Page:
We walked away with 44 ideas, ranging from community-based tours to interactive sessions centering community members with lived experience.
What did we learn?
One of the biggest tensions for Upswell – and really, for the social sector in general – is that changemakers have an incredibly wide spectrum of missions. Our work as a community is to figure out how we can advance every mission while organizing in a broad enough way that we can forge new connections.
At the Lab, changemakers organically, if imperfectly, gathered around these bigger categories: civil society/community development; environment; health and healthcare; homelessness and affordable housing; immigration; indigenous rights; jobs and poverty; racial equity; and youth development.
Interestingly, throughout the groups, we began to notice a few themes being repeated consistently, including that:
- Multiple sectors (nonprofit, business, and government) should be included in the conversation, particularly for issues like affordable housing and jobs/workforce development.
- Experiences should try to explore root causes for issues, not just show the symptoms.
- It’s critical to engage community members with lived experience, particularly on issues like homelessness, youth development, and immigration. Community activists and those with lived experience are powerful storytellers. However, we must be thoughtful, intentional, and authentic when working with community members.
- There are opportunities to think creatively and use tools like virtual reality, photography, and video to help Upswell attendees experience places and perspectives they wouldn’t otherwise see.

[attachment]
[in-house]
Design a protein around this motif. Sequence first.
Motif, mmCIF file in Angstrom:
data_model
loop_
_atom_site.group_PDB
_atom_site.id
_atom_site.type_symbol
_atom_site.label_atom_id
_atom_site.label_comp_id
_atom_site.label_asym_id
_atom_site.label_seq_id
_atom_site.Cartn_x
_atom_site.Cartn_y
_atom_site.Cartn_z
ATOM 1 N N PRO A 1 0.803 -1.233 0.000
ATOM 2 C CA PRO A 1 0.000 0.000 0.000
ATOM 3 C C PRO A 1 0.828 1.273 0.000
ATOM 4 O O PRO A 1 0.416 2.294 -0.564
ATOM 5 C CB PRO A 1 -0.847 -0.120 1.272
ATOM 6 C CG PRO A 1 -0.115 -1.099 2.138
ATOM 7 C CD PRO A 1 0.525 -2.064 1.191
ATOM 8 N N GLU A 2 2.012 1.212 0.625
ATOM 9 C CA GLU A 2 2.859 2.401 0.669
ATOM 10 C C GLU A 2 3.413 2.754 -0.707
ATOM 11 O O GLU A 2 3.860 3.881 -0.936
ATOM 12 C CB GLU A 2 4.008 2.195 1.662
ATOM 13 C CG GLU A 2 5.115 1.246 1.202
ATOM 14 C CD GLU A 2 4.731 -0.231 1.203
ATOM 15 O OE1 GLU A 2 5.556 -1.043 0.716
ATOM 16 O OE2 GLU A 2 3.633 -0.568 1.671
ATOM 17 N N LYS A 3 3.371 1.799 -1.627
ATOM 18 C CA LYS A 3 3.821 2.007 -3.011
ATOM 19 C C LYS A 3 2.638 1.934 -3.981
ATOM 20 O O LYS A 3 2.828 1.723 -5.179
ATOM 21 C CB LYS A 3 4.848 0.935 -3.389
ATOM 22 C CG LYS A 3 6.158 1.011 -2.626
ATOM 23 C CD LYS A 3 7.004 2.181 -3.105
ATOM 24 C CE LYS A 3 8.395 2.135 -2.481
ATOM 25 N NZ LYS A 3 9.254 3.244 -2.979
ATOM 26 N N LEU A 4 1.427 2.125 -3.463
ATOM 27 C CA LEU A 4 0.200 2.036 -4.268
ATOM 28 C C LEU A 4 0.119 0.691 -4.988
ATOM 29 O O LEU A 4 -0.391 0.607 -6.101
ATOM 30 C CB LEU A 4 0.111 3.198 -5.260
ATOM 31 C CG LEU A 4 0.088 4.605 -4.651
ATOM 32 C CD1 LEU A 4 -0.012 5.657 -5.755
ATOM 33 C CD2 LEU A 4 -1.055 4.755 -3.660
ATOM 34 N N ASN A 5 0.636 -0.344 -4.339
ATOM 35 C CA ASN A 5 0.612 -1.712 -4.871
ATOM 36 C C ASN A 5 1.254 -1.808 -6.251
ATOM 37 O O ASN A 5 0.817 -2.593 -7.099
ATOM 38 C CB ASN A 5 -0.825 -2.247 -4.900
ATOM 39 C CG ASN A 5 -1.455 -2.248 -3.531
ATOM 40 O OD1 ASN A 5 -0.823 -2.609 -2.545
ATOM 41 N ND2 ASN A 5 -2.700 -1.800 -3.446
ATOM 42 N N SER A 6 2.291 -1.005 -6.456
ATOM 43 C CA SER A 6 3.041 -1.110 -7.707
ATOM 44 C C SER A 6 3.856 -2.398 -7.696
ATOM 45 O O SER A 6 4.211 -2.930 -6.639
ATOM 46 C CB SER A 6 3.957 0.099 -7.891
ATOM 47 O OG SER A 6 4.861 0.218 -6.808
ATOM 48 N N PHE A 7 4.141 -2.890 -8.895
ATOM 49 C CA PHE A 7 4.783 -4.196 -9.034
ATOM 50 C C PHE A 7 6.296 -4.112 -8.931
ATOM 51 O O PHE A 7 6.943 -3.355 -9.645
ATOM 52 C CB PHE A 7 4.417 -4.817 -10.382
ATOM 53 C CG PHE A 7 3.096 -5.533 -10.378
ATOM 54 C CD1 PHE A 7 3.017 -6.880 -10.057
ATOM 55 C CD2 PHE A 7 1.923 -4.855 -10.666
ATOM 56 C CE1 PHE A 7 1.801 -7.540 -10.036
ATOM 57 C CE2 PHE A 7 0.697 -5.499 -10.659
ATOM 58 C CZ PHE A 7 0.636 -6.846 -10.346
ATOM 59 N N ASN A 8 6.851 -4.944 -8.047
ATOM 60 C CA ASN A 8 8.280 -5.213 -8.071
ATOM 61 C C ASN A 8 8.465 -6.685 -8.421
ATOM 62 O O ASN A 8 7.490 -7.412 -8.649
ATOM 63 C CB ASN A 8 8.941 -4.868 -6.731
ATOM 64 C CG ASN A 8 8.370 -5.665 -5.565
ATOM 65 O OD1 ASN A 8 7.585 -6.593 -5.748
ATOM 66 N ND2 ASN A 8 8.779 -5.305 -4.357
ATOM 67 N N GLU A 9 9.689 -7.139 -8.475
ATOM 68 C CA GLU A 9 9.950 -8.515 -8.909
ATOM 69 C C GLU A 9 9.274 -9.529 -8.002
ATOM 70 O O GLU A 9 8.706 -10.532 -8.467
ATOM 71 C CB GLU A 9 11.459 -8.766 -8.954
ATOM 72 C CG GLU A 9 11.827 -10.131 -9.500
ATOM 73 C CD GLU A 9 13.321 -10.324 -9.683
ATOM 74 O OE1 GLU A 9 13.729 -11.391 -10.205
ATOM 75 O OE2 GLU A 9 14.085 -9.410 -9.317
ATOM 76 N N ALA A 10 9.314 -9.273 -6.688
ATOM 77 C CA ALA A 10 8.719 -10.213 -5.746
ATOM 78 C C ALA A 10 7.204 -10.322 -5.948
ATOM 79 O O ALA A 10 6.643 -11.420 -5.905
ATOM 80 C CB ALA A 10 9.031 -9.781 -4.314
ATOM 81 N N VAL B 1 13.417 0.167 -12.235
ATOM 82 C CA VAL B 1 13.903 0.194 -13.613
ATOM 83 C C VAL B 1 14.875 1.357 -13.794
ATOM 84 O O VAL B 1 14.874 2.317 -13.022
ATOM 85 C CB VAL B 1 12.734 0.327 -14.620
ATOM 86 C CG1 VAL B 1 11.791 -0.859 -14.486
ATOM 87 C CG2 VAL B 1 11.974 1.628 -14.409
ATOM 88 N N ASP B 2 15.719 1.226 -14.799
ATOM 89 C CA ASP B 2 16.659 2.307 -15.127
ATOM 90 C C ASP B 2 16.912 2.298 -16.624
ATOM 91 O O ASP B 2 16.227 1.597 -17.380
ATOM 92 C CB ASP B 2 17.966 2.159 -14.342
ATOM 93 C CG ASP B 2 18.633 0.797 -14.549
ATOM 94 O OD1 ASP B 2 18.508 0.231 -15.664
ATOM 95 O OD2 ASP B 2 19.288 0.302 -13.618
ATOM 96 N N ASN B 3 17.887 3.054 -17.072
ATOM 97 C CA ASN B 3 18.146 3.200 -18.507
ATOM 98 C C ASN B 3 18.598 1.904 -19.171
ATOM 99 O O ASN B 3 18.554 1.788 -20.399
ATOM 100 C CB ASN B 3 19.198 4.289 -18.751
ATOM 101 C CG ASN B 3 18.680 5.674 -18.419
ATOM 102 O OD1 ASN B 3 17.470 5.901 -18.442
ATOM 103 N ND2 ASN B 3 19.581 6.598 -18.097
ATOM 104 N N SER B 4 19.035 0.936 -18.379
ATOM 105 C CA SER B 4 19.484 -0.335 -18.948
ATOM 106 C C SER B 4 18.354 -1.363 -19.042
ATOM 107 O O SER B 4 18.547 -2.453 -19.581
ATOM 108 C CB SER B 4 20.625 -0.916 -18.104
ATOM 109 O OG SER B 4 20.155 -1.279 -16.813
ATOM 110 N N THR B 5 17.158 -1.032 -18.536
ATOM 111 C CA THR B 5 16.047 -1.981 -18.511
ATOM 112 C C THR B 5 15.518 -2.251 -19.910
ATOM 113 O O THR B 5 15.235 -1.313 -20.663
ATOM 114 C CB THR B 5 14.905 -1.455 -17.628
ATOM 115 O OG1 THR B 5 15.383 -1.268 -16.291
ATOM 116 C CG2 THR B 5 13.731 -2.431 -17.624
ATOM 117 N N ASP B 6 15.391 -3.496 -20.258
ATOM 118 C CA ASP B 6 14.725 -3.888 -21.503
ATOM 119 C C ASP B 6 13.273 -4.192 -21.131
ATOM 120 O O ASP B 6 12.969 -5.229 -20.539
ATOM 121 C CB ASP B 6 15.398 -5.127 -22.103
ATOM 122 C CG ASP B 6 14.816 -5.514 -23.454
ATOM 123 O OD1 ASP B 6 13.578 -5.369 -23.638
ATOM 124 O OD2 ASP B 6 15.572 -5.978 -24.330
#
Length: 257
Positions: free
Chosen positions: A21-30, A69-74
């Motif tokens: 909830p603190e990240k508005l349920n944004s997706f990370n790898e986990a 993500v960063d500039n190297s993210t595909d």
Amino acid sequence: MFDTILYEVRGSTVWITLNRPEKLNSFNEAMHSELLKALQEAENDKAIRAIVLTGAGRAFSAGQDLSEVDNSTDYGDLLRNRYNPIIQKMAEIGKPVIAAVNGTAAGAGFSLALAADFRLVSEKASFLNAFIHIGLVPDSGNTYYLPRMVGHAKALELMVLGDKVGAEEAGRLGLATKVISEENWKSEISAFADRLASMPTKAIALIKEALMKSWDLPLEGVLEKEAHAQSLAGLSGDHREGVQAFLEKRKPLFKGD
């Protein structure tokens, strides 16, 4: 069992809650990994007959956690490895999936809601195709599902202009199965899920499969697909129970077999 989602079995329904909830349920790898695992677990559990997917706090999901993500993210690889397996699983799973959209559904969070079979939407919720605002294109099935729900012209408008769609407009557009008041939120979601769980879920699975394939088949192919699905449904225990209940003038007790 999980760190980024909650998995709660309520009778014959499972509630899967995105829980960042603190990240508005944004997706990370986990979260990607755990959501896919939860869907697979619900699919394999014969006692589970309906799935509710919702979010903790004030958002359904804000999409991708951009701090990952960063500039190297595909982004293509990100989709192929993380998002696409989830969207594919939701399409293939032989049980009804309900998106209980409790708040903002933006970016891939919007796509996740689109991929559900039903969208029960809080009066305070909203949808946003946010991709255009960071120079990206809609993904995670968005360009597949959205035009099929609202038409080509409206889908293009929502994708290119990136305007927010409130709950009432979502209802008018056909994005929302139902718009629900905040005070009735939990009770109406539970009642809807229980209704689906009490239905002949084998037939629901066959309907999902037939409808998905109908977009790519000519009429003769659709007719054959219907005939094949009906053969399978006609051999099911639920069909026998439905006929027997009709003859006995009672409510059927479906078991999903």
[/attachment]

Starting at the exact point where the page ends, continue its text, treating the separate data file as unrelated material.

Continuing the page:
The Upswell design team is digging deep into every idea generated at the Lab. If you were someone who volunteered to continue developing your idea, you’ll be hearing from us soon! And if you weren’t we’ll keep you up dated on the blog.
We also heard two great pieces of feedback.
The first is that people want to know more about Upswell. The blog is a great place to stay informed, and we’ll be sharing news more frequently in the weeks ahead. But in the meantime, here are a few things to get you up to speed:
- Can you feel it? (aka “The Upswell Video”)
- What the heck is Upswell?
- From the first IS conference to Upswell
- What the heck is an Upswell Lab?
- And, the Upswell Blog
The second is that the Labs need to be a bit longer.
We tried to accomplish a lot in two hours. While the Lab was designed for rapid-style brainstorming, we’ll aim to be more flexible in future Labs so that we’re not putting a cap on the energy levels. We’ve also got some exciting ideas about creative ways of giving you more time to connect with other folks in the room.
The Upswell Lab / LA was just the beginning. We’ve got Labs planned across the country – and we hope you’ll join us. If you have thoughts, questions, or feedback about what happened in LA, leave a comment below and let us know!
Marie LeBlanc is a director and Christian Clansky is the director of marketing and digital strategy at Independent Sector.